Vimeo / Jonathan Hanke’s videoshttps://vimeo.com/jonhanke/videosVideos uploaded by Jonathan Hanke on Vimeo.Sat, 24 Sep 2016 12:12:11 -0400Vimeohttps://i.vimeocdn.com/portrait/3129038_100x100Vimeo / Jonathan Hanke’s videoshttps://vimeo.com/jonhanke/videos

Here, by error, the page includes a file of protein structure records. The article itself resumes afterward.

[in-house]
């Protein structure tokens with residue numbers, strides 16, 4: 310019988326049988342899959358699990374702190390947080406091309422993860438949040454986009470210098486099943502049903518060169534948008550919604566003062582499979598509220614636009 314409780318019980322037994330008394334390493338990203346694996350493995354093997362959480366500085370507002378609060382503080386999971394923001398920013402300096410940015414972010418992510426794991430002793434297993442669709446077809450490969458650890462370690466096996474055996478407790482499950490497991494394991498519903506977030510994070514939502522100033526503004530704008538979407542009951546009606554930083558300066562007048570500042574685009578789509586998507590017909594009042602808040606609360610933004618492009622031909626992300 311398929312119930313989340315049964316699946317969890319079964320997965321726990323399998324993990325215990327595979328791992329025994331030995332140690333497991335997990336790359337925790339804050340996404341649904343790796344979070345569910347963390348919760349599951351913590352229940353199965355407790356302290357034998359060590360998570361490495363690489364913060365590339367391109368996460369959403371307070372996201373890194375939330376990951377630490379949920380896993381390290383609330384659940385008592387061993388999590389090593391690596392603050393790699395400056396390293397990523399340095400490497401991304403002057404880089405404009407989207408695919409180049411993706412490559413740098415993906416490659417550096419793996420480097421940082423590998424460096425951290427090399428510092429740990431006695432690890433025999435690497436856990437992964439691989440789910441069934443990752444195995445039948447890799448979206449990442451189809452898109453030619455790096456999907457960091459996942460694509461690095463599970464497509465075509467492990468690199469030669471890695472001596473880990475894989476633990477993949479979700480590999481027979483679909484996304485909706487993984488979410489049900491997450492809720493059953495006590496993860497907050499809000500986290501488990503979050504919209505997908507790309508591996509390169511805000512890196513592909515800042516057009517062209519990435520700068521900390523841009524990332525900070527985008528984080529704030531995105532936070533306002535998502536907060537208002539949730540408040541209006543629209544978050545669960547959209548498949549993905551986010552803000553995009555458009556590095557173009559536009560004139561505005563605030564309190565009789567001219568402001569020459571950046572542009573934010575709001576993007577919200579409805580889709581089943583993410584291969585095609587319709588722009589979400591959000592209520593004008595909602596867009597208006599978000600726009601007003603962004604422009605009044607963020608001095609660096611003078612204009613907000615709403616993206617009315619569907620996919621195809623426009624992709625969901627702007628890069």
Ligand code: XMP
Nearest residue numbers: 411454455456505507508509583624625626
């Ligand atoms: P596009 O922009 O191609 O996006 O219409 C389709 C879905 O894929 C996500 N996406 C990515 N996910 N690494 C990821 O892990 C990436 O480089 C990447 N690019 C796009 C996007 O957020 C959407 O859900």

Quadratic Forms in Number TheoryWed, 17 Sep 2014 22:21:44 -0400https://vimeo.com/106454429<p><iframe src="https://player.vimeo.com/video/106454429" width="640" height="360" frameborder="0" title="Quadratic Forms in Number Theory" webkitallowfullscreen mozallowfullscreen allowfullscreen></iframe></p><p><p class="first">Title: Quadratic Forms in Number Theory<br> Speaker: Jonathan Hanke</p> <p>Abstract: In the last decade there has been a renewed interest in studying classical questions about quadratic forms in number theory. For example, questions like “In how many ways can we write a number as a sum of four squares?” and “How many inequivalent quadratic forms are there with a given determinant?” This interest came from several fronts -- Conway’s conjectures about certain finiteness theorems for quadratic forms (e.g. “How to simply characterize definite quadratic forms representing all positive integers?”) and Bhargava’s interesting arithmetic parameterizations of classical structures in number theory by quadratic forms.</p> <p>In this talk we give an overview of some historical themes in the arithmetic of quadratic forms, focusing on representation questions and class numbers, describe the analytic theory of quadratic forms, and see how these can be combined (with some serious computational effort) to give complete answers to some of these questions. We will also outline some of the many open questions remaining in this beautiful and rich subject.</p> <p>====================================================</p> <p>Bi-Co Mathematics Colloquium <br> Bryn Mawr College, Park 338<br> Monday September 15, 2014 -- 4-5pm</p> <p><a href="http://www.brynmawr.edu/math/documents/BiCoMathColloquiumJonathanHanke091514.pdf" target="_blank" rel="nofollow noopener noreferrer">brynmawr.edu/math/documents/BiCoMathColloquiumJonathanHanke091514.pdf</a></p></p><p><strong>Cast:</strong> <a href="https://vimeo.com/jonhanke">Jonathan Hanke</a></p><p><strong>Tags:</strong> <a href="https://vimeo.com/tag:quadratic+forms">quadratic forms</a>, <a href="https://vimeo.com/tag:number+theory">number theory</a> and <a href="https://vimeo.com/tag:290-Theorem">290-Theorem</a></p>tag:vimeo,2014-09-17:clip106454429Quadratic Forms in Number Theory"To Infinity and Beyond" -- Part 2 of 2Wed, 17 Sep 2014 19:42:12 -0400https://vimeo.com/106445345<p><iframe src="https://player.vimeo.com/video/106445345" width="640" height="360" frameborder="0" title=""To Infinity and Beyond" -- Part 2 of 2" webkitallowfullscreen mozallowfullscreen allowfullscreen></iframe></p><p><p class="first">Title: "To Infinity and Beyond"<br> Speaker: Jonathan Hanke</p> <p>Abstract: In school you learn about geometry in the plane, properties of lines and circles, and in particular that any two non-parallel lines in the plane intersect in exactly one point. But what about the parallel lines? Are they destined forever to be apart? If you are willing to go to infinity, they can again meet, and this idea (well-known to artists) is one of the most fruitful and natural extensions of geometry in mathematics. Mathematician Jonathan Hanke will explain how one can use this idea to give a geometry where all lines behave in the same way, and some of the implications this has for mathematics, data communication and even card games.</p> <p>===========================================================<br> Talk at Brookhaven National Lab for gifted high school students -- Part 2 of 2<br> Saturday September 13, 2014 -- 9-11:30am</p></p><p><strong>Cast:</strong> <a href="https://vimeo.com/jonhanke">Jonathan Hanke</a></p><p><strong>Tags:</strong> <a href="https://vimeo.com/tag:Projective+plane">Projective plane</a>, <a href="https://vimeo.com/tag:geometry">geometry</a>, <a href="https://vimeo.com/tag:Spot+It">Spot It</a>, <a href="https://vimeo.com/tag:mathematics">mathematics</a> and <a href="https://vimeo.com/tag:infinity">infinity</a></p>tag:vimeo,2014-09-17:clip106445345"To Infinity and Beyond" -- Part 2 of 2"To Infinity and Beyond" -- Part 1 of 2Wed, 17 Sep 2014 16:52:43 -0400https://vimeo.com/106432370<p><iframe src="https://player.vimeo.com/video/106432370" width="640" height="360" frameborder="0" title=""To Infinity and Beyond" -- Part 1 of 2" webkitallowfullscreen mozallowfullscreen allowfullscreen></iframe></p><p><p class="first">Title: "To Infinity and Beyond"<br> Speaker: Jonathan Hanke</p> <p>Abstract: In school you learn about geometry in the plane, properties of lines and circles, and in particular that any two non-parallel lines in the plane intersect in exactly one point. But what about the parallel lines? Are they destined forever to be apart? If you are willing to go to infinity, they can again meet, and this idea (well-known to artists) is one of the most fruitful and natural extensions of geometry in mathematics. Mathematician Jonathan Hanke will explain how one can use this idea to give a geometry where all lines behave in the same way, and some of the implications this has for mathematics, data communication and even card games.</p> <p>===========================================================<br> Talk at Brookhaven National Lab for gifted high school students -- Part 1 of 2<br> Saturday September 13, 2014 -- 9-11:30am</p></p><p><strong>Cast:</strong> <a href="https://vimeo.com/jonhanke">Jonathan Hanke</a></p><p><strong>Tags:</strong> <a href="https://vimeo.com/tag:Projective+plane">Projective plane</a>, <a href="https://vimeo.com/tag:geometry">geometry</a>, <a href="https://vimeo.com/tag:Spot+It">Spot It</a>, <a href="https://vimeo.com/tag:mathematics">mathematics</a> and <a href="https://vimeo.com/tag:infinity">infinity</a></p>tag:vimeo,2014-09-17:clip106432370"To Infinity and Beyond" -- Part 1 of 2Does Z[(1+sqrt(-23))/2] have unique prime factorization?Thu, 14 Aug 2014 02:55:12 -0400https://vimeo.com/103405810<p><iframe src="https://player.vimeo.com/video/103405810" width="640" height="360" frameborder="0" title="Does Z[(1+sqrt(-23))/2] have unique prime factorization?" webkitallowfullscreen mozallowfullscreen allowfullscreen></iframe></p><p><p class="first">My 7-minute talk at the counselor mini-mini-course marathon at the PROMYS Program at Boston University on Friday August 8th, 2014. It gives four separates (sketches of) proofs of the failure of unique prime factorization in the ring Z[(1+sqrt(-23))/2].</p></p><p><strong>Cast:</strong> <a href="https://vimeo.com/jonhanke">Jonathan Hanke</a></p><p><strong>Tags:</strong> <a href="https://vimeo.com/tag:Number+theory">Number theory</a>, <a href="https://vimeo.com/tag:unique+prime+factorization">unique prime factorization</a>, <a href="https://vimeo.com/tag:class+number">class number</a>, <a href="https://vimeo.com/tag:binary+quadratic+forms">binary quadratic forms</a>, <a href="https://vimeo.com/tag:class+field+theory">class field theory</a>, <a href="https://vimeo.com/tag:PROMYS">PROMYS</a> and <a href="https://vimeo.com/tag:Hanke">Hanke</a></p>tag:vimeo,2014-08-14:clip103405810Does Z[(1+sqrt(-23))/2] have unique prime factorization?Rutgers Talk on the 290-TheoremSat, 23 Nov 2013 14:15:45 -0500https://vimeo.com/80152913<p><iframe src="https://player.vimeo.com/video/80152913" width="640" height="360" frameborder="0" title="Rutgers Talk on the 290-Theorem" webkitallowfullscreen mozallowfullscreen allowfullscreen></iframe></p><p><p class="first">Rutgers Experimental Math Seminar Talk<br> November 14, 2013 -- 5-5:48pm<br> -------------------------------------------------<br> Title: "The 290-Theorem and Representing Numbers by Quadratic Forms"</p> <p>Abstract: This talk will describe several finiteness theorems for quadratic<br> forms, and progress on the question: "Which positive definite<br> integer-valued quadratic forms represent all positive integers?". The<br> answer to this question depends on settling the related question<br> "Which integers are represented by a given quadratic form?" for<br> finitely many forms. The answer to this question can involve both<br> arithmetic and analytic techniques, though only recently with the <br> use of computers has the analytic approach become practical.</p> <p>We will describe the theory of quadratic forms as it relates to<br> answering these questions, its connections with the theory of modular<br> forms, and give an idea of how one can obtain explicit bounds to<br> describe which numbers are represented by a given quadratic form.<br> --------------------------------<br> Comments/Corrections: (Here [minute:second] describes the time stamp referenced)</p> <p>[5:58] Legendre's result on the sum of 4 squares was proved around 1770 (not in the 1800s), though Jacobi's result on the sum of 4 squares was proved around 1834.</p> <p>[12:14] "representing something in this set" should be "representing everything in this set'.</p> <p>[16:57] The escalator construction first appears in William Schneeberger's 1997 Princeton PhD thesis, and was later used by Bhargava to prove the finiteness theorems described in the talk. The escalator form approach is due to some combination of Conway and Schneeberger.</p> <p>[17:20] As an example of the "something else" one needs to know, one needs to get lucky that no ternary forms could appear as leaves of the escalator tree. If ternary forms do appear, then the analytic theory presented becomes ineffective without assuming there are no Siegel zeros (or the stronger statement of GRH).</p> <p>[20:55] The form in the genus of x^2 + 55y^2 representing 5 is 5x^2 + 11y^2.</p> <p>[21:52] There are only finitely many classes of positive-definite quadratic forms with class number one. In the indefinite case this not true.</p> <p>[22:27] The notion of spinor genus allows one to inderstand what numbers are represented by integer-valued indefinite quadratic forms in n >= 3 variables, however the given example of numbers represented by x^2 - 2y^2 cannot be easily understood in this way. This comment appears in the lower left corner of the transparency.</p> <p>[23:59] The real local densities are not exactly given by the surface area of the level set ellipsoid, but it is something very similar to this.</p> <p>[26:28] The stated quadratic form only has four variables, instead of the requisite five for the example, so I should also have said something like "+ 13 v^2" at the end.</p> <p>[32:23] An Eisenstein series (in our sense of being in the subspace of modular forms orthogonal to all cusp forms) is non-zero at at least one of the cusps, though perhaps not at all of them at once.</p> <p>[33:09] Actually the Eisenstein series grow more like m^{k-1}, but only when they are non-zero.</p> <p>[35:30] Again, the lower bound only applies to the non-zero coefficients a_E(m).</p> <p>[35:55] The number r_Q(m) is always non-negative, not always positive. (The whole point to for us is to understand exactly when it is positive, and when it is zero!)</p> <p>[36:06] This comment is premature (i.e. doesn't follow from the previous theorem as stated), though it is stated appropriately in the next transparency at [36:16].</p> <p>[37:10] I should have said what appears on the transparency, where one divides by p^{n-1} with n being the number of variables of the quadratic form (e.g. n=4).</p> <p>[37:55] Again, this effective lower bound is valid only when a_E(m) is not zero, which follows from the condition stated there that m is locally represented.</p> <p>[39:48] TO DO: Check this reference about the Ramanujan bound!</p> <p>[41:18] Here "quadratic form" means positive-definite integer-valued quadratic form in at least four variables.</p> <p>[43:21] My answer here that the the numerical methods always have bounds that worked is accurate, though with the caveat that for safety/comfort we consistently added one to the numerical bounds, and the exact answers always were within this "+1" tolerance that we used for further checking. Without this tolerance the numerical answers were not always sufficient, so it's very important to be aware of possible roundoff error!</p> <p>[46:22] There is a subtlety here that in (3) one may need to check a few more primes than those not meeting the bound individually in (1) when assembling the eligible squarefree numbers in (2) which strictly speaking I have glossed over, but it is very minor.</p> <p>[46:34] I meant that one doesn't want to give this to a graduate student not using a computer. I did actually give this to my graduate student as an exercise to check her understanding! =)</p></p><p><strong>Cast:</strong> <a href="https://vimeo.com/jonhanke">Jonathan Hanke</a></p><p><strong>Tags:</strong> <a href="https://vimeo.com/tag:Math">Math</a>, <a href="https://vimeo.com/tag:Quadratic">Quadratic</a>, <a href="https://vimeo.com/tag:Forms">Forms</a> and <a href="https://vimeo.com/tag:290-Theorem">290-Theorem</a></p>tag:vimeo,2013-11-23:clip80152913Rutgers Talk on the 290-Theorem2013-07-06 David Frohardt-Lane's TalkTue, 16 Jul 2013 00:45:11 -0400https://vimeo.com/70385197<p><iframe src="https://player.vimeo.com/video/70385197" width="640" height="360" frameborder="0" title="2013-07-06 David Frohardt-Lane's Talk" webkitallowfullscreen mozallowfullscreen allowfullscreen></iframe></p><p><p class="first">David Frohardt-Lane's Talk on "Predictive Modeling in Sportsbetting"<br> PROMYS 25th Summer Celebration<br> July 6th, 2013 at 10am</p> <p>Abstract: In this talk, I will talk about the process of building a prediction model. The model in question will be designed predict the outcomes of NFL games, using only box score statistics in previous games, and built with the intention of identifying profitable wagering opportunities. The focus of the talk will be on how to extract as much information as possible from a limited data set. This should be easy to follow; I won't be assuming prior familiarity with statistics or football.</p> <p>Bio: David spent two years at PROMYS, in '94 and '95. After PROMYS, he went to Carleton College where he majored in mathematics and then went on to get a MS in statistics from the University of Chicago. In 2004, he ended up at a proprietary trading company called GETCO, and spent the next 8 years there, working out of their Chicago, NY and Singapore offices and trading a wide variety of financial products. As of July 1, he has started a new job with 3Red, a small trading firm in Chicago. David have always been interested in sports analytics and for a period of time (2003), he was making the majority of his income from betting on baseball. While he no longer gambles (the legal situation has changed since then) he continues to dabble with sports prediction models as a hobby. Recently he has started consulting with an Major League Baseball team to help them project high school and college players for the amateur draft. A common theme across these endeavors is building quantitative models to make predictions.</p></p><p><strong>Cast:</strong> <a href="https://vimeo.com/jonhanke">Jonathan Hanke</a></p><p><strong>Tags:</strong> <a href="https://vimeo.com/tag:PROMYS">PROMYS</a>, <a href="https://vimeo.com/tag:modeling">modeling</a>, <a href="https://vimeo.com/tag:statistics">statistics</a>, <a href="https://vimeo.com/tag:baseball">baseball</a> and <a href="https://vimeo.com/tag:betting">betting</a></p>tag:vimeo,2013-07-16:clip703851972013-07-06 David Frohardt-Lane's TalkPU Juggling Club TSOP Dress Rehearsal 2013-04-10Fri, 12 Apr 2013 17:45:40 -0400https://vimeo.com/63933069<p><iframe src="https://player.vimeo.com/video/63933069" width="640" height="360" frameborder="0" title="PU Juggling Club TSOP Dress Rehearsal 2013-04-10" webkitallowfullscreen mozallowfullscreen allowfullscreen></iframe></p><p><p class="first">A (combined) video of dress rehearsal for the TSOP performance of the Princeton University Juggling Club on April 10, 2013, set to Michael Jackson's "Thriller".</p> <p>PU Juggling Club Website: <a href="http://www.princeton.edu/~juggling/" target="_blank" rel="nofollow noopener noreferrer">princeton.edu/~juggling/</a></p></p><p><strong>Cast:</strong> <a href="https://vimeo.com/jonhanke">Jonathan Hanke</a></p>tag:vimeo,2013-04-12:clip63933069PU Juggling Club TSOP Dress Rehearsal 2013-04-10The Mathematics of JugglingWed, 05 Sep 2012 20:47:46 -0400https://vimeo.com/48922616<p><iframe src="https://player.vimeo.com/video/48922616" width="640" height="360" frameborder="0" title="The Mathematics of Juggling" webkitallowfullscreen mozallowfullscreen allowfullscreen></iframe></p><p><p class="first">This talk was given at the UGA Math Club on Feb 2, 2012 (at 5pm in Boyd 323), together with Mo Hendon who performed all live Juggling demonstrations/challenges!</p> <p>Title: The Mathematics of Juggling</p> <p>Abstract: Juggling is an ancient throwing art whose practice dates back thousands of years, though only recently has it been described in a more mathematical way. This talk will explain how one can understand various juggling patterns in terms of combinatorics through live demonstrations and lively discussions. Following the talk there will be refreshments and free juggling lessons in the Matrix, Boyd 308!</p></p><p><strong>Cast:</strong> <a href="https://vimeo.com/jonhanke">Jonathan Hanke</a></p><p><strong>Tags:</strong> <a href="https://vimeo.com/tag:juggling">juggling</a>, <a href="https://vimeo.com/tag:mathematics">mathematics</a>, <a href="https://vimeo.com/tag:math">math</a>, <a href="https://vimeo.com/tag:hendon">hendon</a> and <a href="https://vimeo.com/tag:hanke">hanke</a></p>tag:vimeo,2012-09-05:clip48922616The Mathematics of Juggling25. Wiles' Main conjecture -- Ken RibetWed, 06 Jun 2012 19:19:48 -0400https://vimeo.com/43572560<p><iframe src="https://player.vimeo.com/video/43572560" width="640" height="480" frameborder="0" title="25. Wiles' Main conjecture -- Ken Ribet" webkitallowfullscreen mozallowfullscreen allowfullscreen></iframe></p><p><p class="first">August 16, 1995</p></p><p><strong>Cast:</strong> <a href="https://vimeo.com/jonhanke">Jonathan Hanke</a> and <a href="https://vimeo.com/user11768703">Glenn Stevens</a></p>tag:vimeo,2012-06-06:clip4357256025. Wiles' Main conjecture -- Ken Ribet33. Wiles' Theorem on Modular Elliptic Curves (Consequences) -- Henri DarmonWed, 06 Jun 2012 18:27:03 -0400https://vimeo.com/43570207<p><iframe src="https://player.vimeo.com/video/43570207" width="640" height="480" frameborder="0" title="33. Wiles' Theorem on Modular Elliptic Curves (Consequences) -- Henri Darmon" webkitallowfullscreen mozallowfullscreen allowfullscreen></iframe></p><p><p class="first">August 18, 1995</p></p><p><strong>Cast:</strong> <a href="https://vimeo.com/jonhanke">Jonathan Hanke</a> and <a href="https://vimeo.com/user11768703">Glenn Stevens</a></p>tag:vimeo,2012-06-06:clip4357020733. Wiles' Theorem on Modular Elliptic Curves (Consequences) -- Henri Darmon30. Remarks on the History of Fermat's Last Theorem -- Michael RosenWed, 06 Jun 2012 11:19:31 -0400https://vimeo.com/43541876<p><iframe src="https://player.vimeo.com/video/43541876" width="640" height="480" frameborder="0" title="30. Remarks on the History of Fermat's Last Theorem -- Michael Rosen" webkitallowfullscreen mozallowfullscreen allowfullscreen></iframe></p><p><p class="first">August 17, 1995</p></p><p><strong>Cast:</strong> <a href="https://vimeo.com/jonhanke">Jonathan Hanke</a> and <a href="https://vimeo.com/user11768703">Glenn Stevens</a></p>tag:vimeo,2012-06-06:clip4354187630. Remarks on the History of Fermat's Last Theorem -- Michael Rosen26. Modularity of the Universal Deformation Ring (the minimal case) -- Ehud de ShalitWed, 06 Jun 2012 10:47:20 -0400https://vimeo.com/43539587<p><iframe src="https://player.vimeo.com/video/43539587" width="640" height="480" frameborder="0" title="26. Modularity of the Universal Deformation Ring (the minimal case) -- Ehud de Shalit" webkitallowfullscreen mozallowfullscreen allowfullscreen></iframe></p><p><p class="first">August 16, 1995</p></p><p><strong>Cast:</strong> <a href="https://vimeo.com/jonhanke">Jonathan Hanke</a> and <a href="https://vimeo.com/user11768703">Glenn Stevens</a></p>tag:vimeo,2012-06-06:clip4353958726. Modularity of the Universal Deformation Ring (the minimal case) -- Ehud de Shalit32. Modularity of Mod 5 Representations -- Karl RubinWed, 06 Jun 2012 04:32:19 -0400https://vimeo.com/43521951<p><iframe src="https://player.vimeo.com/video/43521951" width="640" height="480" frameborder="0" title="32. Modularity of Mod 5 Representations -- Karl Rubin" webkitallowfullscreen mozallowfullscreen allowfullscreen></iframe></p><p><p class="first">August 18, 1995</p></p><p><strong>Cast:</strong> <a href="https://vimeo.com/jonhanke">Jonathan Hanke</a> and <a href="https://vimeo.com/user11768703">Glenn Stevens</a></p>tag:vimeo,2012-06-06:clip4352195132. Modularity of Mod 5 Representations -- Karl Rubin31. An Extension of Wiles' result -- Fred DiamondWed, 06 Jun 2012 00:40:41 -0400https://vimeo.com/43514642<p><iframe src="https://player.vimeo.com/video/43514642" width="640" height="480" frameborder="0" title="31. An Extension of Wiles' result -- Fred Diamond" webkitallowfullscreen mozallowfullscreen allowfullscreen></iframe></p><p><p class="first">August 18, 1995</p></p><p><strong>Cast:</strong> <a href="https://vimeo.com/jonhanke">Jonathan Hanke</a> and <a href="https://vimeo.com/user11768703">Glenn Stevens</a></p>tag:vimeo,2012-06-06:clip4351464231. An Extension of Wiles' result -- Fred Diamond29. Non-minimal Deformations (the Induction Step) -- Ken RibetTue, 05 Jun 2012 14:21:07 -0400https://vimeo.com/43482604<p><iframe src="https://player.vimeo.com/video/43482604" width="640" height="480" frameborder="0" title="29. Non-minimal Deformations (the Induction Step) -- Ken Ribet" webkitallowfullscreen mozallowfullscreen allowfullscreen></iframe></p><p><p class="first">August 17, 1995</p></p><p><strong>Cast:</strong> <a href="https://vimeo.com/jonhanke">Jonathan Hanke</a> and <a href="https://vimeo.com/user11768703">Glenn Stevens</a></p>tag:vimeo,2012-06-05:clip4348260429. Non-minimal Deformations (the Induction Step) -- Ken Ribet27. Explicit Families of Elliptic Curves with Prescribed Mod n Representations -- Alice SilverbergWed, 30 May 2012 18:57:24 -0400https://vimeo.com/43149037<p><iframe src="https://player.vimeo.com/video/43149037" width="640" height="480" frameborder="0" title="27. Explicit Families of Elliptic Curves with Prescribed Mod n Representations -- Alice Silverberg" webkitallowfullscreen mozallowfullscreen allowfullscreen></iframe></p><p><p class="first">August 17, 1995</p></p><p><strong>Cast:</strong> <a href="https://vimeo.com/jonhanke">Jonathan Hanke</a> and <a href="https://vimeo.com/user11768703">Glenn Stevens</a></p>tag:vimeo,2012-05-30:clip4314903727. Explicit Families of Elliptic Curves with Prescribed Mod n Representations -- Alice Silverberg28. Estimating Selmer Groups -- Ehud de ShalitWed, 30 May 2012 18:05:43 -0400https://vimeo.com/43146245<p><iframe src="https://player.vimeo.com/video/43146245" width="640" height="480" frameborder="0" title="28. Estimating Selmer Groups -- Ehud de Shalit" webkitallowfullscreen mozallowfullscreen allowfullscreen></iframe></p><p><p class="first">August 17, 1995</p></p><p><strong>Cast:</strong> <a href="https://vimeo.com/jonhanke">Jonathan Hanke</a> and <a href="https://vimeo.com/user11768703">Glenn Stevens</a></p>tag:vimeo,2012-05-30:clip4314624528. Estimating Selmer Groups -- Ehud de Shalit23. Computations of Galois Cohomology -- Larry WashingtonTue, 29 May 2012 19:50:08 -0400https://vimeo.com/43076359<p><iframe src="https://player.vimeo.com/video/43076359" width="640" height="480" frameborder="0" title="23. Computations of Galois Cohomology -- Larry Washington" webkitallowfullscreen mozallowfullscreen allowfullscreen></iframe></p><p><p class="first">August 15, 1995</p></p><p><strong>Cast:</strong> <a href="https://vimeo.com/jonhanke">Jonathan Hanke</a> and <a href="https://vimeo.com/user11768703">Glenn Stevens</a></p>tag:vimeo,2012-05-29:clip4307635923. Computations of Galois Cohomology -- Larry Washington24. Sociology, History and the First Case of Fermat -- Gary CornellTue, 29 May 2012 19:37:56 -0400https://vimeo.com/43075745<p><iframe src="https://player.vimeo.com/video/43075745" width="640" height="480" frameborder="0" title="24. Sociology, History and the First Case of Fermat -- Gary Cornell" webkitallowfullscreen mozallowfullscreen allowfullscreen></iframe></p><p><p class="first">August 15, 1995</p></p><p><strong>Cast:</strong> <a href="https://vimeo.com/jonhanke">Jonathan Hanke</a> and <a href="https://vimeo.com/user11768703">Glenn Stevens</a></p>tag:vimeo,2012-05-29:clip4307574524. Sociology, History and the First Case of Fermat -- Gary Cornell21. The Wiles-Faltings Criterion for Complete Intersections -- Rene SchoofSun, 27 May 2012 02:24:23 -0400https://vimeo.com/42913287<p><iframe src="https://player.vimeo.com/video/42913287" width="640" height="480" frameborder="0" title="21. The Wiles-Faltings Criterion for Complete Intersections -- Rene Schoof" webkitallowfullscreen mozallowfullscreen allowfullscreen></iframe></p><p><p class="first">August 15, 1995</p></p><p><strong>Cast:</strong> <a href="https://vimeo.com/jonhanke">Jonathan Hanke</a> and <a href="https://vimeo.com/user11768703">Glenn Stevens</a></p>tag:vimeo,2012-05-27:clip4291328721. The Wiles-Faltings Criterion for Complete Intersections -- Rene Schoof22. The Flat Deformation Functor -- Brian ConradSun, 27 May 2012 01:59:53 -0400https://vimeo.com/42912748<p><iframe src="https://player.vimeo.com/video/42912748" width="640" height="480" frameborder="0" title="22. The Flat Deformation Functor -- Brian Conrad" webkitallowfullscreen mozallowfullscreen allowfullscreen></iframe></p><p><p class="first">August 15, 1995</p></p><p><strong>Cast:</strong> <a href="https://vimeo.com/jonhanke">Jonathan Hanke</a> and <a href="https://vimeo.com/user11768703">Glenn Stevens</a></p>tag:vimeo,2012-05-27:clip4291274822. The Flat Deformation Functor -- Brian Conrad15. Ribet's Theorem -- Benedict GrossSun, 27 May 2012 01:39:04 -0400https://vimeo.com/42912319<p><iframe src="https://player.vimeo.com/video/42912319" width="640" height="480" frameborder="0" title="15. Ribet's Theorem -- Benedict Gross" webkitallowfullscreen mozallowfullscreen allowfullscreen></iframe></p><p><p class="first">August 12, 1995</p></p><p><strong>Cast:</strong> <a href="https://vimeo.com/jonhanke">Jonathan Hanke</a> and <a href="https://vimeo.com/user11768703">Glenn Stevens</a></p>tag:vimeo,2012-05-27:clip4291231915. Ribet's Theorem -- Benedict Gross17. Hecke Algebras and the Gorenstein Property -- Jacques TilouineSun, 27 May 2012 01:17:07 -0400https://vimeo.com/42911901<p><iframe src="https://player.vimeo.com/video/42911901" width="640" height="480" frameborder="0" title="17. Hecke Algebras and the Gorenstein Property -- Jacques Tilouine" webkitallowfullscreen mozallowfullscreen allowfullscreen></iframe></p><p><p class="first">August 14, 1995</p></p><p><strong>Cast:</strong> <a href="https://vimeo.com/jonhanke">Jonathan Hanke</a> and <a href="https://vimeo.com/user11768703">Glenn Stevens</a></p>tag:vimeo,2012-05-27:clip4291190117. Hecke Algebras and the Gorenstein Property -- Jacques Tilouine19. The Tangent Space and the Module of Kahler Differentials of the Universal Deformation Ring -- Barry MazurSun, 27 May 2012 01:01:31 -0400https://vimeo.com/42911570<p><iframe src="https://player.vimeo.com/video/42911570" width="640" height="480" frameborder="0" title="19. The Tangent Space and the Module of Kahler Differentials of the Universal Deformation Ring -- Barry Mazur" webkitallowfullscreen mozallowfullscreen allowfullscreen></iframe></p><p><p class="first">August 14, 1995</p></p><p><strong>Cast:</strong> <a href="https://vimeo.com/jonhanke">Jonathan Hanke</a> and <a href="https://vimeo.com/user11768703">Glenn Stevens</a></p>tag:vimeo,2012-05-27:clip4291157019. The Tangent Space and the Module of Kahler Differentials of the Universal Deformation Ring -- Barry Mazur18. The Wiles-Lenstra Criterion for Complete Intersections -- Rene SchoofSun, 27 May 2012 00:39:18 -0400https://vimeo.com/42911069<p><iframe src="https://player.vimeo.com/video/42911069" width="640" height="480" frameborder="0" title="18. The Wiles-Lenstra Criterion for Complete Intersections -- Rene Schoof" webkitallowfullscreen mozallowfullscreen allowfullscreen></iframe></p><p><p class="first">August 14, 1995</p></p><p><strong>Cast:</strong> <a href="https://vimeo.com/jonhanke">Jonathan Hanke</a> and <a href="https://vimeo.com/user11768703">Glenn Stevens</a></p>tag:vimeo,2012-05-27:clip4291106918. The Wiles-Lenstra Criterion for Complete Intersections -- Rene Schoof